Deus Meus, Mea Omnia

The next prompt in Writing in the Margins caught me a little off guard: “Psalm 86:12 echoes the affirmation of Francis of Assisi, Deus Meus, Mea Omnia (My God and My All).  In the margins next to Psalm 86:12, or anywhere else that seems apt, write Assisi’s cry.”

I read Psalm 86 a number of times. I also read and reflected on the life of St. Francis.  To me, St. Francis’ heart-felt cry seems to belong to the passage that spoke directly to him, claiming his life and setting his course:

Heal the sick, raise the dead, cleanse lepers, cast out demons. You received without paying; give without pay.  Acquire no gold or silver or copper for you belts, no bag for you journey, or two tunics or sandals or a staff, for the laborer deserves his food.  And whatever town or village you enter, find out who is worthy in it and stay there until you depart.  As you enter the house, greet it.  And if the house is worthy, let your peace come upon it, but if it is not worthy, let your peace return to you.  And if anyone will not receive you or listen to your words, shake off the dust from your feet when you leave that house or town.   (Matthew 10:  8-14)

According to the story, the instruction that St. Francis received from God was to rebuild the church, and the ever-literal St. Francis set to work on repairing the physical structures of churches. St. Francis also rebuilt the church in a more figurative way by reading the Gospel of Matthew and putting Christ’s words into effect.  He cared for the poor and the sick.  He read Jesus instructions to the twelve apostles and astonishingly he followed them.  He offered his life as a living sacrifice, imitating Christ in all that he did.  His love for God was reflected in a deep love and affection for all of God’s creation, birds and animals, too.   His legacy includes the Franciscan orders, the beautiful canticle of creation, the first nativity scene, and the prayer that found itself into the margins of my page.  I considered adding a prayer card with his picture or drawing St. Francis, but St. Francis lived to point others to the cross (my hope is that you can see just a hint of St. Francis in the cross, too!):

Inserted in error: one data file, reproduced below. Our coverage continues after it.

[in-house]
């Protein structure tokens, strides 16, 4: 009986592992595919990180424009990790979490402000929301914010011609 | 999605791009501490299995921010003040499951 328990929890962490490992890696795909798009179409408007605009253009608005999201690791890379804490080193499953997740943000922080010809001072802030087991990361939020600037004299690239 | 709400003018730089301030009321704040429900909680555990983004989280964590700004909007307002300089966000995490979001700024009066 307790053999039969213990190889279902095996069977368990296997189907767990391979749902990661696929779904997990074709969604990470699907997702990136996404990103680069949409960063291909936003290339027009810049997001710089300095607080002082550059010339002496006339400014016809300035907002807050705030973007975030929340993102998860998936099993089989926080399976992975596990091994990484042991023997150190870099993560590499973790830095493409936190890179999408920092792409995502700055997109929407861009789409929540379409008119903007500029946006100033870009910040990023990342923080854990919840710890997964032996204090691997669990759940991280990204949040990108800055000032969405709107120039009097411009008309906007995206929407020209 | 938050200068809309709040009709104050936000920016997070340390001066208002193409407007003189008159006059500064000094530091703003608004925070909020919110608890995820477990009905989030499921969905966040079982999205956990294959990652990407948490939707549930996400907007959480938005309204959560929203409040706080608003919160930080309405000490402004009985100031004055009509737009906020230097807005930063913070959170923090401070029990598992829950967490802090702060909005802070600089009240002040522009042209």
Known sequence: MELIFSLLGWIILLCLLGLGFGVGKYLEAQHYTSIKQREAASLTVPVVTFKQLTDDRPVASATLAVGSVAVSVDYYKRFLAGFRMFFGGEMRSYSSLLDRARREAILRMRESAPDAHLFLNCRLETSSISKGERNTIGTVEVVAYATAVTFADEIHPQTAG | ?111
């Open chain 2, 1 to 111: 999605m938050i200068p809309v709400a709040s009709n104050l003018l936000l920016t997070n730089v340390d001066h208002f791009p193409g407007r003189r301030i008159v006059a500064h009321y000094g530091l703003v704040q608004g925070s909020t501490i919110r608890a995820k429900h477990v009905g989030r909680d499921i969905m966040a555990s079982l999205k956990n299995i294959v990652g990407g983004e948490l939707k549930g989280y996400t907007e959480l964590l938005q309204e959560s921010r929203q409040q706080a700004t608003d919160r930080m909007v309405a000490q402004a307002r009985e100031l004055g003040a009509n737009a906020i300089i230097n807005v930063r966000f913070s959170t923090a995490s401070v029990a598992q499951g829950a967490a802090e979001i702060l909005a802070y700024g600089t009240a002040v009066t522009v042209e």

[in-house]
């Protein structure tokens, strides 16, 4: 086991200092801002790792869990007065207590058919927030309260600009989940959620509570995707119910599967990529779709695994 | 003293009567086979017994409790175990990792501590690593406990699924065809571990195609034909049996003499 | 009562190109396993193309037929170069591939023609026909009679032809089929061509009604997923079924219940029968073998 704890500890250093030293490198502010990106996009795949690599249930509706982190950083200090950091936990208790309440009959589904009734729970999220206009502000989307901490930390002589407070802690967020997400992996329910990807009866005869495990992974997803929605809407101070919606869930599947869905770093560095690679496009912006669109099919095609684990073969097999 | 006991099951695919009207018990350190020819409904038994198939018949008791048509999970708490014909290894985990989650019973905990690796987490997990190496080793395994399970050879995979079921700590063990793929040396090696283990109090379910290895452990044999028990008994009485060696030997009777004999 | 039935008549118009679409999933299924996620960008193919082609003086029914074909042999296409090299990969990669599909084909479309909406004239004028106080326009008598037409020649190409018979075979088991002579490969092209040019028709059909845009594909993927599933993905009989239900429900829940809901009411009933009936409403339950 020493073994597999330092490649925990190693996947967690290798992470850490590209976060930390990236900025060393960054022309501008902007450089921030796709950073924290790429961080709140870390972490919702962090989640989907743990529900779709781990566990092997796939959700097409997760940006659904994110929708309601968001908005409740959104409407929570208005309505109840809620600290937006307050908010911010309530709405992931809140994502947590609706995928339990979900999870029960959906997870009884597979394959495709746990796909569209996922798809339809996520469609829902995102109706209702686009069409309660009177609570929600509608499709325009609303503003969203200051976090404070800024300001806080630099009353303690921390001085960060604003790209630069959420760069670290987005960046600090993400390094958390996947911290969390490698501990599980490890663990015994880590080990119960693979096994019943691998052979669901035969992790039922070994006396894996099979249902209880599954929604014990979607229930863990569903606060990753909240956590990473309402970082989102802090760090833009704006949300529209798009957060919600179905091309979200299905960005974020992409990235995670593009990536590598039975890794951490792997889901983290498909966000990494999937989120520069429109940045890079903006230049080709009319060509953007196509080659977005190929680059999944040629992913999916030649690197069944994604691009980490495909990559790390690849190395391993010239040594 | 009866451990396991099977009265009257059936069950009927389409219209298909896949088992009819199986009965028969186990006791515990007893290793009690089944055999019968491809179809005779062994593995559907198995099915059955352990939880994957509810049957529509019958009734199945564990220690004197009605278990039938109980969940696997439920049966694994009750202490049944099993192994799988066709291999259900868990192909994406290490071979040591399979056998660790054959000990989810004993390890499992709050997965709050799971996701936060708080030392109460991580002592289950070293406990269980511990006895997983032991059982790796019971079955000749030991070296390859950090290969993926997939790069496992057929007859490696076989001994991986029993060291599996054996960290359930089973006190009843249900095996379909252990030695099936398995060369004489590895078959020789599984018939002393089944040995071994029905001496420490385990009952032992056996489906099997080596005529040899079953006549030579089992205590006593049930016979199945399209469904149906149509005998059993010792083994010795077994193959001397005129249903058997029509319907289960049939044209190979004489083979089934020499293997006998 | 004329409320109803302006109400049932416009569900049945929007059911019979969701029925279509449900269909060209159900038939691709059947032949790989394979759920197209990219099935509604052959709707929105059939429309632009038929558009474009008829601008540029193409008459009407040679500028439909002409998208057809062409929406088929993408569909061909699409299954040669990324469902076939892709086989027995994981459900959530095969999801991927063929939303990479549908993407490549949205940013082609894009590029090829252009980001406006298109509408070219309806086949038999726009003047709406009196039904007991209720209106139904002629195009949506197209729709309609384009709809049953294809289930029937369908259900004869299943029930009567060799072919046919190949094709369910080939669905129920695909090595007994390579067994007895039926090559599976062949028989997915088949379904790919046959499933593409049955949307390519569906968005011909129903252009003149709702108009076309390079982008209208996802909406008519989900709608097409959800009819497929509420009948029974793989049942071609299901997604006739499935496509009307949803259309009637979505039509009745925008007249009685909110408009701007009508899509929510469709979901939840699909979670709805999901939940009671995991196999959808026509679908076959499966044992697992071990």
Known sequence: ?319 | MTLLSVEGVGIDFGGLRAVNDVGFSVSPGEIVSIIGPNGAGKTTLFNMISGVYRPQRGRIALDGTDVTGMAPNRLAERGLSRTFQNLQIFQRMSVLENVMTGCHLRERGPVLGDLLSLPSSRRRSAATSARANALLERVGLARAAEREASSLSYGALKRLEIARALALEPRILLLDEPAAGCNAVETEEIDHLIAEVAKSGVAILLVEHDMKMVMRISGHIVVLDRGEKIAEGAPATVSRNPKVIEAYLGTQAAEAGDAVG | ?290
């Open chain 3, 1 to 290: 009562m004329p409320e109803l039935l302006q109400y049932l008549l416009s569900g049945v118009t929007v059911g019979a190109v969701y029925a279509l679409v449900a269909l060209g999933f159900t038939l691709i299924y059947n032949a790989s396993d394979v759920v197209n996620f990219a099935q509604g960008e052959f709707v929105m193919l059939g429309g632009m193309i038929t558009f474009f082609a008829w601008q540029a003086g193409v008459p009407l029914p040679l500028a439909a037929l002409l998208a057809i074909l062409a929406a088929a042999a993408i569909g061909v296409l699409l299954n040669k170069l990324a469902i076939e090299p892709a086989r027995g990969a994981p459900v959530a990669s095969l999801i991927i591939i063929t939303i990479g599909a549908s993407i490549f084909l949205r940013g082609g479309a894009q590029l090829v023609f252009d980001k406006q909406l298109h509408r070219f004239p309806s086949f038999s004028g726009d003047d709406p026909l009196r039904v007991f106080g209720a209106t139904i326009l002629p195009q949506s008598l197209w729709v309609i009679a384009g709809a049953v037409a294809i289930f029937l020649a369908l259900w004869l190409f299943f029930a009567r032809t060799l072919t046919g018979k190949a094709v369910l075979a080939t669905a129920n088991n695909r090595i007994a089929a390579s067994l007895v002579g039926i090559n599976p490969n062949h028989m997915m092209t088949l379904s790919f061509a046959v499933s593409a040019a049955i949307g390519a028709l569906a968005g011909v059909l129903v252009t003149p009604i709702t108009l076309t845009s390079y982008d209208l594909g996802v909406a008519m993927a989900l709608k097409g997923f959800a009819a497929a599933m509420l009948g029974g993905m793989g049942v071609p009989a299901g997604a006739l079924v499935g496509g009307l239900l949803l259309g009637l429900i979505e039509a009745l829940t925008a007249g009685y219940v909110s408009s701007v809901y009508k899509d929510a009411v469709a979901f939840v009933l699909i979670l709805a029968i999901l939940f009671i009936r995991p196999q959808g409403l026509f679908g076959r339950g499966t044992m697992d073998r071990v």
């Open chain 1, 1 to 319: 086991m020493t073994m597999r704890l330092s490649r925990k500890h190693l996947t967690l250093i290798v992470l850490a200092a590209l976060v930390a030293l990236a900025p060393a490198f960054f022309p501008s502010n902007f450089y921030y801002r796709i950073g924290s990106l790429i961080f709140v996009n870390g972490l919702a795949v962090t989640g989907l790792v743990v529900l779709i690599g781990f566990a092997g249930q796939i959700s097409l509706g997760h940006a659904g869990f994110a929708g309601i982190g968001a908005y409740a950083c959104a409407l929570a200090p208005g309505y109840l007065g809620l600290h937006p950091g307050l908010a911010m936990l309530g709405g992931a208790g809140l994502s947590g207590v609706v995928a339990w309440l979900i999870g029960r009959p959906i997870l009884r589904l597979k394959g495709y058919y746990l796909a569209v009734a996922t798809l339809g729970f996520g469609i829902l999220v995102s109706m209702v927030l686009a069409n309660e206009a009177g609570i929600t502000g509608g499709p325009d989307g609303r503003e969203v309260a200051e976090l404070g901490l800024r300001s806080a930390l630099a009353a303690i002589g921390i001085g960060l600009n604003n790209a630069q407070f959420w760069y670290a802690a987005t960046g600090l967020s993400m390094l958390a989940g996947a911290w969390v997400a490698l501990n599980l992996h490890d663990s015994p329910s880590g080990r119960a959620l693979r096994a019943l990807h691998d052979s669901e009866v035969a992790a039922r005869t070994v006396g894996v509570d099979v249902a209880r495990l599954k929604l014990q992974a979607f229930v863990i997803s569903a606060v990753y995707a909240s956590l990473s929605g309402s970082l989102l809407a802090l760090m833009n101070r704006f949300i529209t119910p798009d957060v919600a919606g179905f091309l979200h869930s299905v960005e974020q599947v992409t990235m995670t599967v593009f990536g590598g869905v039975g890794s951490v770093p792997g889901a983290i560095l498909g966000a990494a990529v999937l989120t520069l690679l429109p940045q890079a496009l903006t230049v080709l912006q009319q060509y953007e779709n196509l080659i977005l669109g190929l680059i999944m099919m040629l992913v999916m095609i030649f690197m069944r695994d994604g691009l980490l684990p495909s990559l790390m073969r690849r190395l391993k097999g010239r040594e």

Reflecting on the life of St. Francis reminds me what it means to love God and what it means to be holy. It helps me remember that though the canon of the Bible ends with Revelation, God’s story continues through the tradition of the church, which incorporates stories of the lives of saints whether they be canonized like St. Francis or un-canonized like Dietrich Bonhoeffer.  The witness and example of Christians who came before us is such a blessing!  Reflecting on the lives of saints can draw us right back to the Word as we reflect on the passages that meant the most to them.

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